Of Mythical Proportions

Of Mythical Proportions
And this is why they’re called great hammerheads.

Fishing, to me, is about chasing dreams. Perhaps that would explain my obsession with shark fishing. Sharks are some of the most dominant and largest of ocean predators, and whether on a personal adventure or running an exciting charter, nothing fuels the obsession better than landing and releasing a giant. Over the past decade I have accomplished this with several incredible specimens that had potential to surpass Texas state records for the species, had I hauled them to a weigh-station. A staunch conservationist, a successful release is worth more to me.

Anytime conditions align to what I call optimal, I will be on the water. If I am between charters and there is a perfect weather window, I will not hesitate to take to the water alone if none of my shark angling friends can make it. Catching a big shark is my “high” and no other feeling compares with landing a 10-foot fish, or being awakened at 4:00 AM to the screeching of your largest reel being stripped by a massive tiger shark.

Such was the case last June when I was granted a rare and special experience – a monumental shark landing that has had great impact on my life. This story has not been told publicly, until now. I call it Oz’s Hammer.

June 2, 2016 – I set out for a three-day shark trip. Surf conditions and water clarity were top notch. Bait had become abundant as were the predators. The initial plan was to roll down the beach solo and meet up the following day with my good shark buddy Scott Nelson. Arriving at a promising spot that first morning, I made camp with jack crevalle storming the beach and quickly landed an eighteen-pounder. Fresh jacks are some of the very best big-shark bait there is. Things were off to a great start.

I deployed a variety of baits and the action was on. Within an hour I landed and released a 7-1/2-foot male bull shark. Shortly after, I landed and released a blacktip. Suddenly I was completely surrounded by early summer storms, yet the sky above me remained clear – like the eye of a hurricane.

I prepared a set of baits as the probability of storm development increased. My plan was to deploy the evening shark baits earlier than normal, while conditions allowed. By 1:00 PM, with weather worsening, I decided to run the baits out, the morning’s fresh jack among them. I placed the whole jack on my 80W about 600 yards off the beach. The reel held more than a mile of heavy braid. I also placed two large baits out on 50W outfits. With the big bulls around, I ran the jack out hoping to tag and release an 8-foot-plus specimen. Fishing solo is no longer a big deal to me, having landed and released many large sharks in this fashion. Roughly 30 minutes after placing the final bait, the big jack was picked up, and things were about to get interesting!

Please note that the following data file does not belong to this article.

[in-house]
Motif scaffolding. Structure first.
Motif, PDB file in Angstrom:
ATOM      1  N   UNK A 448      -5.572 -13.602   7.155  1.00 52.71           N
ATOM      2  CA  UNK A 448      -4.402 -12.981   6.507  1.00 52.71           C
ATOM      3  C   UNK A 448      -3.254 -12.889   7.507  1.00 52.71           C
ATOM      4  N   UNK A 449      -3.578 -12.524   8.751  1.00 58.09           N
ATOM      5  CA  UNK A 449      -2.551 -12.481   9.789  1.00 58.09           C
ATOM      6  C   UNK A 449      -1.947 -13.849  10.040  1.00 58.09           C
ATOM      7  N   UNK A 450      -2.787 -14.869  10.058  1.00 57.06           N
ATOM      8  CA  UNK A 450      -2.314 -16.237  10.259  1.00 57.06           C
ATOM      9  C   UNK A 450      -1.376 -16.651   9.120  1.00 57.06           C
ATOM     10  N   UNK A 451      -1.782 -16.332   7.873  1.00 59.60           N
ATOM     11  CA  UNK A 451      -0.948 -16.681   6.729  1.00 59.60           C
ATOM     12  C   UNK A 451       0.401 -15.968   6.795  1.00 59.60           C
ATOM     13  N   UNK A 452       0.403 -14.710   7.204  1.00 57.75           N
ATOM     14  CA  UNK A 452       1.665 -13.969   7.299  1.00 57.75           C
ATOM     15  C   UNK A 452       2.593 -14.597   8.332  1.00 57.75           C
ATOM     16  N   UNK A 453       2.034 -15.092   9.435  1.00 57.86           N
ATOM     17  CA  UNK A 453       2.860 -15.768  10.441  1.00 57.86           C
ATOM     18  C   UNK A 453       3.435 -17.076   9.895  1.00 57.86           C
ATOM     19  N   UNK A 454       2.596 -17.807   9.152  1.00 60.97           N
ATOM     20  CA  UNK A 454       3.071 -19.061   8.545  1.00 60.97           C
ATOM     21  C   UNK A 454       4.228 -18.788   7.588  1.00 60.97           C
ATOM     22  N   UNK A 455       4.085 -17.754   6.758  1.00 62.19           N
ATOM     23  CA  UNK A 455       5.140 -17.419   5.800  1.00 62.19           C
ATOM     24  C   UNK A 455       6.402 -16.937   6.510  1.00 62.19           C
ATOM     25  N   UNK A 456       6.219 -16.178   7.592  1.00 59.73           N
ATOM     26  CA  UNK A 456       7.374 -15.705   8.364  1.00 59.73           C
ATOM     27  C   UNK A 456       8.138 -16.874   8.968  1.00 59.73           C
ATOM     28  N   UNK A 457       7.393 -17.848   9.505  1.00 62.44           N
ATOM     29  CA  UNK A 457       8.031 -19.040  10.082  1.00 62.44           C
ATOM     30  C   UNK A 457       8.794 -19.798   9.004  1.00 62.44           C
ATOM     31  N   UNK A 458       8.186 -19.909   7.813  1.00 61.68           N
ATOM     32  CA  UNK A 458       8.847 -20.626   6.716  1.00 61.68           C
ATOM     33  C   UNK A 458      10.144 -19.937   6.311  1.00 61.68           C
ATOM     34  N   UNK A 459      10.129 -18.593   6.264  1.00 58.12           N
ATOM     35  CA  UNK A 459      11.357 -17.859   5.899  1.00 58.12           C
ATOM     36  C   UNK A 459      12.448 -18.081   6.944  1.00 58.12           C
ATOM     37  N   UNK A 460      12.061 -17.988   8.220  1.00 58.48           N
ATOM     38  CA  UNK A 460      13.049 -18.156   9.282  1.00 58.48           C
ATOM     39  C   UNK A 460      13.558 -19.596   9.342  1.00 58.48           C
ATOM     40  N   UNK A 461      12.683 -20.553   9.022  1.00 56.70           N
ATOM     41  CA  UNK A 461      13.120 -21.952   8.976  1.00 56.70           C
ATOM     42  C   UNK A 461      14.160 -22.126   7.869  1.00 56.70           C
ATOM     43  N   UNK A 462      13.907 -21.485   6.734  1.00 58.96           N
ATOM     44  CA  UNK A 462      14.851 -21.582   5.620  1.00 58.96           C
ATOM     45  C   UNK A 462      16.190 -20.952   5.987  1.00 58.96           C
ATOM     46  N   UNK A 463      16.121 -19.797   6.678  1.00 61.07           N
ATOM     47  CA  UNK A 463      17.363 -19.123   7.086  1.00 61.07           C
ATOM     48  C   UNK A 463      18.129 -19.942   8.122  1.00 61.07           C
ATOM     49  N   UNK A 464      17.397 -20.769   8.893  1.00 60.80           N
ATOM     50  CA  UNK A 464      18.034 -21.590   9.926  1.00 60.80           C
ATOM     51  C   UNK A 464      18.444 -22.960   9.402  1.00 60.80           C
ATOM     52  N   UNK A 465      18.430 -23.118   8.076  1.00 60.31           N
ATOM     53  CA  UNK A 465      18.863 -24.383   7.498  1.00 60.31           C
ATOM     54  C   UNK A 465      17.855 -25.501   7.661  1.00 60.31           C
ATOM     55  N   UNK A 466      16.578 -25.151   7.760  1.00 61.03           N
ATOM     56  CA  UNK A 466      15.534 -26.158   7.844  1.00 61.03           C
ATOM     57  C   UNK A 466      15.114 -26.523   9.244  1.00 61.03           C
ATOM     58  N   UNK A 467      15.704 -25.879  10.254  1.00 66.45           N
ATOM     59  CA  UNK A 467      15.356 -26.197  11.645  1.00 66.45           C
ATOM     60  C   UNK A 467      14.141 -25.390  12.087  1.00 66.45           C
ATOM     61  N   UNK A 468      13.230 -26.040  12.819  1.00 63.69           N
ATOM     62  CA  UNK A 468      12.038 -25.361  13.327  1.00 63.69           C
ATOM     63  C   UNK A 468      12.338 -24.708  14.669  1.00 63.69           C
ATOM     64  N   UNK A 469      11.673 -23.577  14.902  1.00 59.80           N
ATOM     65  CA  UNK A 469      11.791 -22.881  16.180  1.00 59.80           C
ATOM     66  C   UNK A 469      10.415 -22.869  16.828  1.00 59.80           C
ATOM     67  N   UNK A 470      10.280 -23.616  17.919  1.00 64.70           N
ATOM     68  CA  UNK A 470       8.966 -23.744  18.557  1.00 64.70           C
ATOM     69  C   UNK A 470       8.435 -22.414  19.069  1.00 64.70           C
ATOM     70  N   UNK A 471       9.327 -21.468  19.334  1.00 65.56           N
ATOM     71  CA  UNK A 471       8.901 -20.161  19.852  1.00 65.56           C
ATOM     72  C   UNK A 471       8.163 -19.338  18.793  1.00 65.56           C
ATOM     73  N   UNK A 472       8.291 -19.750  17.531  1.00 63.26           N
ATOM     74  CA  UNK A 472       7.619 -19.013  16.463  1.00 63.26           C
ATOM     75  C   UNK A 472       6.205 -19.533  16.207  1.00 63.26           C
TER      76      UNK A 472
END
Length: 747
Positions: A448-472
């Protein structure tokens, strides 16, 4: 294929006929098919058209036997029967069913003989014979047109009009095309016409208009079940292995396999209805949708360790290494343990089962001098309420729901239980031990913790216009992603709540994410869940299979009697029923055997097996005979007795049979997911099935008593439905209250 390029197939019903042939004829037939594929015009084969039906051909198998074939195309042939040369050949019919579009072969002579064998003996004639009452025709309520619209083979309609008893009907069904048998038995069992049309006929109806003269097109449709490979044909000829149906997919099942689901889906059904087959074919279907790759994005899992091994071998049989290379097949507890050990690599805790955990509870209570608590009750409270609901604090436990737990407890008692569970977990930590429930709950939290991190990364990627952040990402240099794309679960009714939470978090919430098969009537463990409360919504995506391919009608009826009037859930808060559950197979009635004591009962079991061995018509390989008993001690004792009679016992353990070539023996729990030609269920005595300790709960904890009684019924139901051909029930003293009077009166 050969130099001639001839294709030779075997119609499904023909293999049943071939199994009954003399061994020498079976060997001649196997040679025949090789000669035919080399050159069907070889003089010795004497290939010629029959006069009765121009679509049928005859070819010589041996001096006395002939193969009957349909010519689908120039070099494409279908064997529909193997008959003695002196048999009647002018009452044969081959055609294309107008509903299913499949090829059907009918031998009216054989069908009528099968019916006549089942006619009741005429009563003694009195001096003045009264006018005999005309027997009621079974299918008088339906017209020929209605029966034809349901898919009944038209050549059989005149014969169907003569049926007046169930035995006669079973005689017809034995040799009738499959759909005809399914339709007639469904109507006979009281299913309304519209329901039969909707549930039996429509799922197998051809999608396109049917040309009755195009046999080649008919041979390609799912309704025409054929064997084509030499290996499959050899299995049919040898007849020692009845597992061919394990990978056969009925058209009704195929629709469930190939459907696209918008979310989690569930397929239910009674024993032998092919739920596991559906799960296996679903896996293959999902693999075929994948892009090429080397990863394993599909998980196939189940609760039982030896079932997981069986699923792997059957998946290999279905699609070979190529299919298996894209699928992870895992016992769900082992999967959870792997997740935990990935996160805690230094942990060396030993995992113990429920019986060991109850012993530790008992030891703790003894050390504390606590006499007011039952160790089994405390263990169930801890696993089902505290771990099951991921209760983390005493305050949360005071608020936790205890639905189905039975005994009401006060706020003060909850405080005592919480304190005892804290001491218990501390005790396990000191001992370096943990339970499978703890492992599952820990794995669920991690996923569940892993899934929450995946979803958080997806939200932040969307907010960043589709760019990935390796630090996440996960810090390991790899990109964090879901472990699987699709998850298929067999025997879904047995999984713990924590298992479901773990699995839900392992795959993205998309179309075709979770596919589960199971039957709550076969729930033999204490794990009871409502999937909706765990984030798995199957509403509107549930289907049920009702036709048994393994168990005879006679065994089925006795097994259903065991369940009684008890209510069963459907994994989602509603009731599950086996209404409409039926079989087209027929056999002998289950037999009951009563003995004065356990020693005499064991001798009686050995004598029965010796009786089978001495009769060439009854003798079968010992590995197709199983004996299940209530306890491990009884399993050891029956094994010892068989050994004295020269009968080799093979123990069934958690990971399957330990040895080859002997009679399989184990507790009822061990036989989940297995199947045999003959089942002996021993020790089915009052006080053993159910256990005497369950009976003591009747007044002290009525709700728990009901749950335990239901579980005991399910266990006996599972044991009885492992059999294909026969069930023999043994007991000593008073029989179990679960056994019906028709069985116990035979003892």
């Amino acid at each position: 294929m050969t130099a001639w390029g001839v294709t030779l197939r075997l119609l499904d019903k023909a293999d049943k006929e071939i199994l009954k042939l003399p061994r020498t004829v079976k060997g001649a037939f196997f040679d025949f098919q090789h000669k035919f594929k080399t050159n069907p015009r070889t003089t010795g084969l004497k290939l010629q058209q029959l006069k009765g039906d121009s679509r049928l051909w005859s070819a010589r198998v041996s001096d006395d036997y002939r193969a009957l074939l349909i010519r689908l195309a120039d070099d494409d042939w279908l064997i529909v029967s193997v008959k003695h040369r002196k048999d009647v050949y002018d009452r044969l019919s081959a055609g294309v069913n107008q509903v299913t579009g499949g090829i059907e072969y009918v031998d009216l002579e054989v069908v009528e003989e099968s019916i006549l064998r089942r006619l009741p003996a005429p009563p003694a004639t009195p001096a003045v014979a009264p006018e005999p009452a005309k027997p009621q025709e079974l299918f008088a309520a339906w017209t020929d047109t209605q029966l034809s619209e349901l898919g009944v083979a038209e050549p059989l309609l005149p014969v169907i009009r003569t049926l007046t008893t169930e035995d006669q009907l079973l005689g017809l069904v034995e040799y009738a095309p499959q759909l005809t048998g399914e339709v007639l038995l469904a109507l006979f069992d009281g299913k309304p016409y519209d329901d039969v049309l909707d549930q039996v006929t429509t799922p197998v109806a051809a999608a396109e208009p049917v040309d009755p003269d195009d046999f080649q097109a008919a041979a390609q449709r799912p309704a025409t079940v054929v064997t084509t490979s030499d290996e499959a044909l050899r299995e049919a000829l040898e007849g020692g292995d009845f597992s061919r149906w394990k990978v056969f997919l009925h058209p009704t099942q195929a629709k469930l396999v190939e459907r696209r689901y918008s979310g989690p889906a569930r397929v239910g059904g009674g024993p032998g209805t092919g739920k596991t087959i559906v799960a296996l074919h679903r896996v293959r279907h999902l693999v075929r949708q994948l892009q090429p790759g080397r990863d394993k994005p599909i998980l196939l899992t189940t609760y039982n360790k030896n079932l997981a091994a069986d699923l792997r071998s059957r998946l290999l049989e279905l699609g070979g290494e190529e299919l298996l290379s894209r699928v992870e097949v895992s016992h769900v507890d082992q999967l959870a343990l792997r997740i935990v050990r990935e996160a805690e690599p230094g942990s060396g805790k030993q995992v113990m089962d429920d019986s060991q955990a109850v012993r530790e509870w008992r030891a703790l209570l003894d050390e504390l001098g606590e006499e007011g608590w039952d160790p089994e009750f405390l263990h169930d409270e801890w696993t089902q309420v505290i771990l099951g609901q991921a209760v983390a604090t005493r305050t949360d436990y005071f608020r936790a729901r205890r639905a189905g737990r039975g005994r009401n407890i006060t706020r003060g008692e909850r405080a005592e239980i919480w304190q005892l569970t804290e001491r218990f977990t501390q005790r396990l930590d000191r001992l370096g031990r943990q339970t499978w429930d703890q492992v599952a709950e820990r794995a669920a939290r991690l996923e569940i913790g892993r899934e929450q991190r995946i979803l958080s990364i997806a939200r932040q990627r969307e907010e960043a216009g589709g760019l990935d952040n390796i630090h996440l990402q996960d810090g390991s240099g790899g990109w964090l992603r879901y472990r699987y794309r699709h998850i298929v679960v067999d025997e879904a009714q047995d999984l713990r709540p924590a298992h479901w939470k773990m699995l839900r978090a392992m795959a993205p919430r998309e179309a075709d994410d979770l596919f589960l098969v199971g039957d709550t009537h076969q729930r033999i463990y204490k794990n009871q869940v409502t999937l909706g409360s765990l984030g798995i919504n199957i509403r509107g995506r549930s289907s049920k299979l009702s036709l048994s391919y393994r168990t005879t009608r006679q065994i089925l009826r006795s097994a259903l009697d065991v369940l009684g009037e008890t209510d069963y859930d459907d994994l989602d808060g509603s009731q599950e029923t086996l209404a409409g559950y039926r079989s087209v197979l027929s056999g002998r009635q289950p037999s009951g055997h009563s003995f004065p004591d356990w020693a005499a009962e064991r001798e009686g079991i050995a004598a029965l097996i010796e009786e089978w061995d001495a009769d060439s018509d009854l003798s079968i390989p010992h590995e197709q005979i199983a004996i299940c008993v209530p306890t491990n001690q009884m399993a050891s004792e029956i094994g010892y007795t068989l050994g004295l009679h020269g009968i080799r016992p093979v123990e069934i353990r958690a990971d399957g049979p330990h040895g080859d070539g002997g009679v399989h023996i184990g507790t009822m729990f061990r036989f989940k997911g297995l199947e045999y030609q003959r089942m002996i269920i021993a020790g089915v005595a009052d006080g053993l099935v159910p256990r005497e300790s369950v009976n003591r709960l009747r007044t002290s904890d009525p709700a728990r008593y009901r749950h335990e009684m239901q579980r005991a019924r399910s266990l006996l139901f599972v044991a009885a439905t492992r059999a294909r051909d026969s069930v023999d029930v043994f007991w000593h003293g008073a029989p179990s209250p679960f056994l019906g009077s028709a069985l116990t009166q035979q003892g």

The 80W was singing. I hopped up on the truck rack and strapped in. Thinking it was a large bull, I let it run for a few seconds, expecting it would slow soon. Instead, the shark began to speed up. The line was getting smoked off the reel as I hung on. At that very moment I knew instinctively what I had hooked – little did I know the size of this beast.

Strapped in and hanging on, I watched as line continued to disappear at an alarming rate. The thought of attempting to turn it never registered, the fish was on cruise control for the first 15 minutes. For the first time in my shark angling career I grew nervous. I was down to a quarter spool on one of the largest and most powerful reels you can buy. I had the drag hammered down but the fish continued toward the horizon. Thunder began to resonate yet the skies directly above were still clear. Looking around at the ominous clouds and strapped into a monster that was destroying my reel, I became enveloped in a most surreal atmosphere.

Roughly a half hour into the fight, and with nearly a mile of line dumped into the Gulf of Mexico, the fish finally began to run out of steam. It couldn’t tell yet if it wanted to continue offshore, or yield to the pressure and swim inshore. The fish makes that decision, but in its own good time. Lucky for me it eventually turned.